Last Friday I entertained a group of nine young disabled people on a research visit from Seoul in Korea. They were wanting to find out about the history of disability arts development in the UK. They wanted to know how disabled artists in the UK have achieved the level of independence that we have; how we have got into a position where our work is seen, now, within the pantheon of professional arts practice. I talked about the importance of the Social Model of Disability as a rallying cry; the...

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Editor Colin Hambrook reviews some DAO highlights of 2010

1 January 2011

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Tanya Raabe drawing at the easel

Greetings to all the wonderful disabled artists, performers and writers who have contributed to DAO and made it such a fantastic journal to edit over the past year. Over the last eight months or so I've been making more of a concerted effort to encourage disabled individuals, companies and projects to use DAO as a place to blog about life, art, access and artistic practice. It's been a rewarding experience and so (in no particular order) I'd like to share some of my highlights of the past year....

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'Dreams of the Absurd...'

19 July 2010

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black and white surreal drawing with a clock

In the 1990s I put together a visual arts exhibition called 'Dreams of the Absurd' which got shown in various galleries in the UK and abroad. It was an extension of a series of large-scale paintings, prints and writing about experience of mental health issues. During research I did whilst still at college I connected the work with the representation of 'madness' within the history of art. I've been trying to get back into making and showing my own work since the those...

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Colin Hambrook continues to be mad...

10 May 2010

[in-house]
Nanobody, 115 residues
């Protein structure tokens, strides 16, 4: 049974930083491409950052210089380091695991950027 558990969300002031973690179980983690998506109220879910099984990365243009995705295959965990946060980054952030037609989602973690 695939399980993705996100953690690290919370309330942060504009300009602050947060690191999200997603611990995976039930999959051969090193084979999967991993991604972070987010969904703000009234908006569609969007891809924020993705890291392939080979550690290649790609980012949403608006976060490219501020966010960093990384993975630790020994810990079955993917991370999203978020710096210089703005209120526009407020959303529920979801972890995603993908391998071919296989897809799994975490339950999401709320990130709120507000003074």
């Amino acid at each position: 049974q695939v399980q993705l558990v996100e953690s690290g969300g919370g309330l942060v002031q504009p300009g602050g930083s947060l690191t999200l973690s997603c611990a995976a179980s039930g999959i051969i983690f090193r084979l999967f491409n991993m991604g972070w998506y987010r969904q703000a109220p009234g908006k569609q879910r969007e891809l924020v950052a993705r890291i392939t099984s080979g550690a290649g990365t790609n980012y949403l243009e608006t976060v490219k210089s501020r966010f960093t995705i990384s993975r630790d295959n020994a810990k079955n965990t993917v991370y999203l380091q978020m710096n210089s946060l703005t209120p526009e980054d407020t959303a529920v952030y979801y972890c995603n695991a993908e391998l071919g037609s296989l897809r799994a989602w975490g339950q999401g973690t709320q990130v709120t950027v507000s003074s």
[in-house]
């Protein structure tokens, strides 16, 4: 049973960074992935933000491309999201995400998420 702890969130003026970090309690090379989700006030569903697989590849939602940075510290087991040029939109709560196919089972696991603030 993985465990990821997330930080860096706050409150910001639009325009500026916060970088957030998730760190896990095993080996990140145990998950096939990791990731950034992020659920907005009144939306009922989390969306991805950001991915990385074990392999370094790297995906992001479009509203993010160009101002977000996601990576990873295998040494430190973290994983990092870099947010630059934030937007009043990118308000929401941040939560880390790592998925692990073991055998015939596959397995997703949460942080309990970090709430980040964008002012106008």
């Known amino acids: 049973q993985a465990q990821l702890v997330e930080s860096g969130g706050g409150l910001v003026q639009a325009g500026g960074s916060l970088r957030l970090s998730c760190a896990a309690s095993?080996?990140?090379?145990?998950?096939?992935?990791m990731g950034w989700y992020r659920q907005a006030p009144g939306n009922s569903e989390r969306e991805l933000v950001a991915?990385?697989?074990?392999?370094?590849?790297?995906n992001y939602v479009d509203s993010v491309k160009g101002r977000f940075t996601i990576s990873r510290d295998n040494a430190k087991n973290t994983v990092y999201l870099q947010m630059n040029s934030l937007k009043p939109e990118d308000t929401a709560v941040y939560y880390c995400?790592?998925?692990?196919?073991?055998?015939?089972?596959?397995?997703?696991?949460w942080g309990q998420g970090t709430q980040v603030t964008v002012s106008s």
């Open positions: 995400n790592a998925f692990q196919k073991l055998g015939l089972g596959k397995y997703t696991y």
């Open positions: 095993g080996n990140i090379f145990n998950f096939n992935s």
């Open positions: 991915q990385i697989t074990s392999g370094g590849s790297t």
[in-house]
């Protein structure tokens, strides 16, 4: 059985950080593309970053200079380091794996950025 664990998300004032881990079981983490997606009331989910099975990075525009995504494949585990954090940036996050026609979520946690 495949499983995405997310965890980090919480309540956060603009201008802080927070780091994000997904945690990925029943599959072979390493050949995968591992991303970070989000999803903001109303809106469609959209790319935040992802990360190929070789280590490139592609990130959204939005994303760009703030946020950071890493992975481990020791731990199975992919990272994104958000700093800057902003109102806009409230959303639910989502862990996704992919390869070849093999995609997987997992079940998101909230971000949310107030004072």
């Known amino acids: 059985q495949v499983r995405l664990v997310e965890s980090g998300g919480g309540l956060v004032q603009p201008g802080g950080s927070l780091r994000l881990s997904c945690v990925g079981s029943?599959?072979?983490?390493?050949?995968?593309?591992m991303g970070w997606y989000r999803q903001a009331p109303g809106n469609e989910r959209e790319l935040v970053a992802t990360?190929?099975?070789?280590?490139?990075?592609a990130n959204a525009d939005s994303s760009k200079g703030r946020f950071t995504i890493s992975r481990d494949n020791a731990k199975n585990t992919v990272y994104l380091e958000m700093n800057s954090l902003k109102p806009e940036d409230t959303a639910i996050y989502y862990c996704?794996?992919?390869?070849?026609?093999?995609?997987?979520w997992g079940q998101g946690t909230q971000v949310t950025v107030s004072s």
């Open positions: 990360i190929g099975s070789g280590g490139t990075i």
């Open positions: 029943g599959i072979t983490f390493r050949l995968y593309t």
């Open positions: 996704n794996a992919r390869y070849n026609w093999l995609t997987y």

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painting of a man injecting large needles into another man

Living with disability can get extreme sometimes. For me, living in the wake of so-called 'schizophrenia' has meant a lifetime of juggling the darkest emotions like tennis balls. My relationship with the illness has been a lifelong struggle... one of those things you are not meant to own up to. It's a guaranteed conversation-stopper. Even within the disability community you are not guaranteed an empowering response. Reference to the illness can be a great way of losing acquaintances you are not...

Comments: 5

Colin Hambrook reflects on the second Artists Debating Identity event at Shape

16 October 2009

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On Thursday 15 October Shape held their second informal conversation, led by Michèle Taylor - this time targeted at performing artists. Recognising the current lack of a platform for disabled and Deaf performers to come together to share ideas and talk about prevalent issues, Shape has created an ongoing event where 20 or so disabled and Deaf people can come together to talk openly and honestly. Michèle set the tone by opening the debate with a showing of Liz Crows’ film...

Comments: 6

Disability arts - is it politics, or is it art? Who decides?

10 July 2009

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I have always been reluctant to write about my impairment issues. Such talk always leads towards a medical model, victim mentality. And that is why the disability arts community has always, rightly, made room for self-definition. We’ve been labouring against medical model labels that brand us as tragic for a long time. And certainly the weight of media still continues to represent us as victims of our conditions and to define us with negative stories about our lives; or dressing us up in...